During the 1800s, traders did not have an efficient or quick way to ship goods between the Atlantic and Pacific coasts.
The British proposed a canal through Nicaragua but they did not build it. The French attempted to build a canal through Panama but abandoned the project due to fatal diseases. But Americans, despite the failures of others, were undeterred.
In 1914, the U.S. began building a canal in Panama. A century later the Panama Canal has been expanded to double the capacity it can handle. On June 26, the Expanded Panama Canal, completed at a cost of $5.4 billion, was inaugurated allowing more vessels to pass through.
The Panama Canal is an important link to global trade, accepting an estimated five percent of the world’s total cargo volume. It takes a ship about 8-10 hours to make its way through the canal. The canal serves over 140 maritime trade routes to over 80 countries. American ships use the canal the most, followed by China, Chile, Japan, Columbia and South Korea. Every vessel must pay a toll based on its size and cargo volume. Tolls for the largest ships can run as high as $450,000.
The opening, originally scheduled for 2014, to coincide with the centennial anniversary of the existing canal’s inauguration, comes at one of the most difficult financial times for the shipping industry. Shipping costs have plummeted as international trade falters, in part due to the economic slowdown in China and over capacity.
The expansion project is more than two years behind schedule and at least $1 billion over budget. Will the expanded canal bring the benefits it promised to this small Central American country amidst challenging global trade environment? There was euphoria as a crowd estimated at 25,000 gathered near the Agua Clara locks on the Atlantic side of the Canal on the inauguration day welcoming the first supersized vessel made its transit from one ocean to the other. However, serious questions were already raised about the feasibility of the Canal.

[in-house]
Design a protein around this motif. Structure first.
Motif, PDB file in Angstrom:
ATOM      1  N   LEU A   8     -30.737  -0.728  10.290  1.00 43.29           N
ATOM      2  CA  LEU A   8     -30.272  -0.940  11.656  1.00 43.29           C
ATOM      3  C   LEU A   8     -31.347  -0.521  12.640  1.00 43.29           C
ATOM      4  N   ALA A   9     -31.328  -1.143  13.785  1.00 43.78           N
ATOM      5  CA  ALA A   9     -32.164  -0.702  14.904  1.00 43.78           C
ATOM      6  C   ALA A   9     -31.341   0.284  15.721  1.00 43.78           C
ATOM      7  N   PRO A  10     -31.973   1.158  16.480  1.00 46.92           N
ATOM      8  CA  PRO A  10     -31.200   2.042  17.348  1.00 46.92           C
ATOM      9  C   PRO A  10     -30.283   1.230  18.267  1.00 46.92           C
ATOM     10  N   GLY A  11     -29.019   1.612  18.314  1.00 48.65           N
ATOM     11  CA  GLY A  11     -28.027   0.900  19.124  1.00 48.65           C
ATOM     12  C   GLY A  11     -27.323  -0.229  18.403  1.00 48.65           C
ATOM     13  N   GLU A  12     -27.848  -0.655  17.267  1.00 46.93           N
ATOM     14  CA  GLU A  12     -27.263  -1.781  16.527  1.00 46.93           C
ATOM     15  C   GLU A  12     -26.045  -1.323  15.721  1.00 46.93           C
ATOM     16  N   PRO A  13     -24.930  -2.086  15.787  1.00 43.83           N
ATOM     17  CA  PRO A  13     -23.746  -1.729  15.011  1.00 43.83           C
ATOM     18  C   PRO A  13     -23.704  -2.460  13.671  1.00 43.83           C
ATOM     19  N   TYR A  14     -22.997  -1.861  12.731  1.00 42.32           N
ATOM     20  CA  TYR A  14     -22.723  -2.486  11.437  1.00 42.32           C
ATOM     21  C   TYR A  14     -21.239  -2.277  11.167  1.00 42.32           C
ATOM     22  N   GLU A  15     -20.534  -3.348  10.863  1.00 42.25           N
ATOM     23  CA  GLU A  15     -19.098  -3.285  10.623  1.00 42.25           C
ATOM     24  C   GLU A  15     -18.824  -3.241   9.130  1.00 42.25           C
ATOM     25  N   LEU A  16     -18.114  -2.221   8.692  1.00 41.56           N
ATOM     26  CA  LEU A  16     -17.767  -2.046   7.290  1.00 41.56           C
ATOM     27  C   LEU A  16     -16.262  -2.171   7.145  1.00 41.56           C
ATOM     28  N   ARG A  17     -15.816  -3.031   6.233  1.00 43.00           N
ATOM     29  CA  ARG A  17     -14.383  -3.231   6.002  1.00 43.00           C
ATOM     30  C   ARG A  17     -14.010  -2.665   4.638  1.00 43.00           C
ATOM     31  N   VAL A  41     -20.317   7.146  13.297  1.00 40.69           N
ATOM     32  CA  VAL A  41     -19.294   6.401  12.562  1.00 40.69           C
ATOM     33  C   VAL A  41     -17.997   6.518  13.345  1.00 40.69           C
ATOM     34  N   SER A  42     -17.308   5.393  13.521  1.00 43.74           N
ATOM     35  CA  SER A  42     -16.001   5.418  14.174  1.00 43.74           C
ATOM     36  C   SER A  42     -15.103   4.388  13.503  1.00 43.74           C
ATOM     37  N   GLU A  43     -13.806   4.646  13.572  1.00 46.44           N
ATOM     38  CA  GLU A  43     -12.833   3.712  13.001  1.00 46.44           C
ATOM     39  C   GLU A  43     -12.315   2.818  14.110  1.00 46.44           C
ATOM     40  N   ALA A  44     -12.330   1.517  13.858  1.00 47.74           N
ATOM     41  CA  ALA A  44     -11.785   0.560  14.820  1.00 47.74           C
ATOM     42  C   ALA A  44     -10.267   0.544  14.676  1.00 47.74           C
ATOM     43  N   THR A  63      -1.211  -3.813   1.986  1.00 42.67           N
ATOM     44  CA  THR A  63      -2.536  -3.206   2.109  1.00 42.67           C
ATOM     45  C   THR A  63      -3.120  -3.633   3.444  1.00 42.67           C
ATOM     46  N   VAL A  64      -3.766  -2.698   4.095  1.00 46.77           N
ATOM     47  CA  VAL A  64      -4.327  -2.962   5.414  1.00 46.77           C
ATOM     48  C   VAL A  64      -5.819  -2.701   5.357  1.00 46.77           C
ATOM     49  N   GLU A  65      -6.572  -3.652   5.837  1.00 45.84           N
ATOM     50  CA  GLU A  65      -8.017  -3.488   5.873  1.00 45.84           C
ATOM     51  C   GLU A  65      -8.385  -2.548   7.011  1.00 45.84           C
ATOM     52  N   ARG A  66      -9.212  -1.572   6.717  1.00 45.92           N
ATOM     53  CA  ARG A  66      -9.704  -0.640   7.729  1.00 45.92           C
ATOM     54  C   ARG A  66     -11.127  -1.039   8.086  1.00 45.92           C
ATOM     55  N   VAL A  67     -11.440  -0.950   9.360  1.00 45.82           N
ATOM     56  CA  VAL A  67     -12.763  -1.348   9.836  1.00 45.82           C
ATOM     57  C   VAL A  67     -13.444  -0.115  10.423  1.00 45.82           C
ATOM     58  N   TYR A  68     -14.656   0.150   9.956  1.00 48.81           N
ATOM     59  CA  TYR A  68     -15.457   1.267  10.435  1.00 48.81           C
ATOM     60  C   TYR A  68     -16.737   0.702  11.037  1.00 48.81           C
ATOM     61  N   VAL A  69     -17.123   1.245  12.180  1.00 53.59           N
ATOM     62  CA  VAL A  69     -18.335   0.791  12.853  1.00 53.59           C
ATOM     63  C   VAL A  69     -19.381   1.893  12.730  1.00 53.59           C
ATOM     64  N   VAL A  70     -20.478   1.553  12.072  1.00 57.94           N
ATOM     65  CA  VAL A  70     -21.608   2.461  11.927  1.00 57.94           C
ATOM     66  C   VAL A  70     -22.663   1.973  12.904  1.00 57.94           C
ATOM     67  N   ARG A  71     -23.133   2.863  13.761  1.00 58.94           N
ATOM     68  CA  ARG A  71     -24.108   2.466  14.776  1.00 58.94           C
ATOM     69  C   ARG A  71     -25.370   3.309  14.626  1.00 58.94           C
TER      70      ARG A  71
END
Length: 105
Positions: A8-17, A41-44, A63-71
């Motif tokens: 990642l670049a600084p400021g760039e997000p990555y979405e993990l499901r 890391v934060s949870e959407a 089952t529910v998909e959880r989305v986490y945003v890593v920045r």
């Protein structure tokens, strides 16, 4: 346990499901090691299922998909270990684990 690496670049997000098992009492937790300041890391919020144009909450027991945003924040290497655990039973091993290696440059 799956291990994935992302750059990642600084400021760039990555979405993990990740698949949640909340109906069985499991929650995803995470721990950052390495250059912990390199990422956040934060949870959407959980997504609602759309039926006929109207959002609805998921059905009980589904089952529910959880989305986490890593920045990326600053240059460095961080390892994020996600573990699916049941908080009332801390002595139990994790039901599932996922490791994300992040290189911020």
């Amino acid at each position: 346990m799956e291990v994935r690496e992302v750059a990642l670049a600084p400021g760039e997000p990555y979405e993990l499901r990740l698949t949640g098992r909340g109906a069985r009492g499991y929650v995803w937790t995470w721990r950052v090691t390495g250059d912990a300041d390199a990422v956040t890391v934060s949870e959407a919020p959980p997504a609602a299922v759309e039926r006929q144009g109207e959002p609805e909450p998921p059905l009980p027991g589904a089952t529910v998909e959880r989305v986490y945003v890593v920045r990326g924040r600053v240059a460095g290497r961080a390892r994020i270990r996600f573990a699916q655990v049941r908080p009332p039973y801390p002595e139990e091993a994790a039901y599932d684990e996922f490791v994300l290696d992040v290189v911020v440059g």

Besides this, there were also concerns about the design flaws in the canal expansion project. The expansion was criticised by members of the shipping industry, who said that the canal’s new lane was flawed and will put vessels at risk. Perhaps the biggest concerns have come from the pilots who will maneuver the huge so-called neo-Panamax ships through not only the new locks but also the soon-to-be more congested shipping lanes and what’s known as Corte Culebra – a narrow passage with many tight turns and sheer rock walls.
In less than a month of its opening there were three incidents of ships hitting the wall of the newly designed lane of the Panama Canal. Lycaste Peace was the first ship that had a collision in the canal. The ship is an LPG tanker that ripped a fender while passing through. Another vessel, the Cosco Shipping Panama, a container ship, also damaged its fenders. The Xin Fei Zhou, a Chinese container ship was the third one to hit the wall. However, officials from the Panama Canal Authority described these incidents as “normal”.
According to a study made by the International Transport Workers’ Federation, the dimensions of the new locks are too small for the size of the vessels. This meant that the margin of error was too small. The study was commissioned after concerns came from the federation’s members. Many workers in the shipping industry were questioning the canal’s safety. The Canal Authority dismissed the results of the study. Though accidents are common among shipping vessels, the incident with the three ships raised questions.